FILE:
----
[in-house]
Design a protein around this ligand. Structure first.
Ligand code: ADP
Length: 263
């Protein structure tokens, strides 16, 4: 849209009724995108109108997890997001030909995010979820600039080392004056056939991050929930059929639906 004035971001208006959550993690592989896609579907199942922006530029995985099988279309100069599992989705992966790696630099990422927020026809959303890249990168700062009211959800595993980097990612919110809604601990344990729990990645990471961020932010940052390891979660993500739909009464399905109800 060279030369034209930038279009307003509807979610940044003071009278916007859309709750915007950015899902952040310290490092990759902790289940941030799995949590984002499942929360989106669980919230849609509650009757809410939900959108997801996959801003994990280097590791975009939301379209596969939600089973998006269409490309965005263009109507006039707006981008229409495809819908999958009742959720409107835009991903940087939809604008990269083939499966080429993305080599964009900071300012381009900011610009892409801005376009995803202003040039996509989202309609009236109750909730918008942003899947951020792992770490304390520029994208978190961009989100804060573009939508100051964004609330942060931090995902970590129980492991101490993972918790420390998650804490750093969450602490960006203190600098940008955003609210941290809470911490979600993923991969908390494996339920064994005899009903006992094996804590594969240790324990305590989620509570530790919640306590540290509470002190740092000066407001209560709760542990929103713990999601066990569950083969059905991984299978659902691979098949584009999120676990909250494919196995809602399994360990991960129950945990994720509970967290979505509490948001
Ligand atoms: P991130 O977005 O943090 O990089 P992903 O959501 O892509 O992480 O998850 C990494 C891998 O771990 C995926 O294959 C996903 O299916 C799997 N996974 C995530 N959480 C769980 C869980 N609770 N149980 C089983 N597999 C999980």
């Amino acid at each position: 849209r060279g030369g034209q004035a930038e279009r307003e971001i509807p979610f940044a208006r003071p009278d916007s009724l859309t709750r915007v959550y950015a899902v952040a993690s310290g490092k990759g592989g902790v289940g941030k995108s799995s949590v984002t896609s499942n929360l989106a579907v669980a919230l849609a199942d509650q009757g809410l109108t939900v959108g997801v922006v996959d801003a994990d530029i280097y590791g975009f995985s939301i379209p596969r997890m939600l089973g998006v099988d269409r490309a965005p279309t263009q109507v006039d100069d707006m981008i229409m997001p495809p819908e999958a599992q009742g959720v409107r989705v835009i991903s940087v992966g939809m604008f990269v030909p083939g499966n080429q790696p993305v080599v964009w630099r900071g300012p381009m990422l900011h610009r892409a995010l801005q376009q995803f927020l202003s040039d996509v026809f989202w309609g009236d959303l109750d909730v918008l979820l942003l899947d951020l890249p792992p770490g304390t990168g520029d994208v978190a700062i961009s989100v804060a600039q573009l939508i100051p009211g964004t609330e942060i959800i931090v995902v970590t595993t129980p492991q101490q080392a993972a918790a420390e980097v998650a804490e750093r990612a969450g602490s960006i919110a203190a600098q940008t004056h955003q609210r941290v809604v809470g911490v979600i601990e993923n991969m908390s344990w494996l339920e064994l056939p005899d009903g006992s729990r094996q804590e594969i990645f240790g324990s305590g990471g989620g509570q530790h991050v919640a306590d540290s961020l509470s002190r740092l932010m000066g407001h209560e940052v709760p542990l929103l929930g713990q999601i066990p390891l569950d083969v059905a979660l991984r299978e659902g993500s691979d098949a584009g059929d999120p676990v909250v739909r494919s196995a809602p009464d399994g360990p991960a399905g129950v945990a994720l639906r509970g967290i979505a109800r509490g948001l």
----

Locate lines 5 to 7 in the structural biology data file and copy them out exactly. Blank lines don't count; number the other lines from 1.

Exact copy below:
């Protein structure tokens, strides 16, 4: 849209009724995108109108997890997001030909995010979820600039080392004056056939991050929930059929639906 004035971001208006959550993690592989896609579907199942922006530029995985099988279309100069599992989705992966790696630099990422927020026809959303890249990168700062009211959800595993980097990612919110809604601990344990729990990645990471961020932010940052390891979660993500739909009464399905109800 060279030369034209930038279009307003509807979610940044003071009278916007859309709750915007950015899902952040310290490092990759902790289940941030799995949590984002499942929360989106669980919230849609509650009757809410939900959108997801996959801003994990280097590791975009939301379209596969939600089973998006269409490309965005263009109507006039707006981008229409495809819908999958009742959720409107835009991903940087939809604008990269083939499966080429993305080599964009900071300012381009900011610009892409801005376009995803202003040039996509989202309609009236109750909730918008942003899947951020792992770490304390520029994208978190961009989100804060573009939508100051964004609330942060931090995902970590129980492991101490993972918790420390998650804490750093969450602490960006203190600098940008955003609210941290809470911490979600993923991969908390494996339920064994005899009903006992094996804590594969240790324990305590989620509570530790919640306590540290509470002190740092000066407001209560709760542990929103713990999601066990569950083969059905991984299978659902691979098949584009999120676990909250494919196995809602399994360990991960129950945990994720509970967290979505509490948001
Ligand atoms: P991130 O977005 O943090 O990089 P992903 O959501 O892509 O992480 O998850 C990494 C891998 O771990 C995926 O294959 C996903 O299916 C799997 N996974 C995530 N959480 C769980 C869980 N609770 N149980 C089983 N597999 C999980």
């Amino acid at each position: 849209r060279g030369g034209q004035a930038e279009r307003e971001i509807p979610f940044a208006r003071p009278d916007s009724l859309t709750r915007v959550y950015a899902v952040a993690s310290g490092k990759g592989g902790v289940g941030k995108s799995s949590v984002t896609s499942n929360l989106a579907v669980a919230l849609a199942d509650q009757g809410l109108t939900v959108g997801v922006v996959d801003a994990d530029i280097y590791g975009f995985s939301i379209p596969r997890m939600l089973g998006v099988d269409r490309a965005p279309t263009q109507v006039d100069d707006m981008i229409m997001p495809p819908e999958a599992q009742g959720v409107r989705v835009i991903s940087v992966g939809m604008f990269v030909p083939g499966n080429q790696p993305v080599v964009w630099r900071g300012p381009m990422l900011h610009r892409a995010l801005q376009q995803f927020l202003s040039d996509v026809f989202w309609g009236d959303l109750d909730v918008l979820l942003l899947d951020l890249p792992p770490g304390t990168g520029d994208v978190a700062i961009s989100v804060a600039q573009l939508i100051p009211g964004t609330e942060i959800i931090v995902v970590t595993t129980p492991q101490q080392a993972a918790a420390e980097v998650a804490e750093r990612a969450g602490s960006i919110a203190a600098q940008t004056h955003q609210r941290v809604v809470g911490v979600i601990e993923n991969m908390s344990w494996l339920e064994l056939p005899d009903g006992s729990r094996q804590e594969i990645f240790g324990s305590g990471g989620g509570q530790h991050v919640a306590d540290s961020l509470s002190r740092l932010m000066g407001h209560e940052v709760p542990l929103l929930g713990q999601i066990p390891l569950d083969v059905a979660l991984r299978e659902g993500s691979d098949a584009g059929d999120p676990v909250v739909r494919s196995a809602p009464d399994g360990p991960a399905g129950v945990a994720l639906r509970g967290i979505a109800r509490g948001l």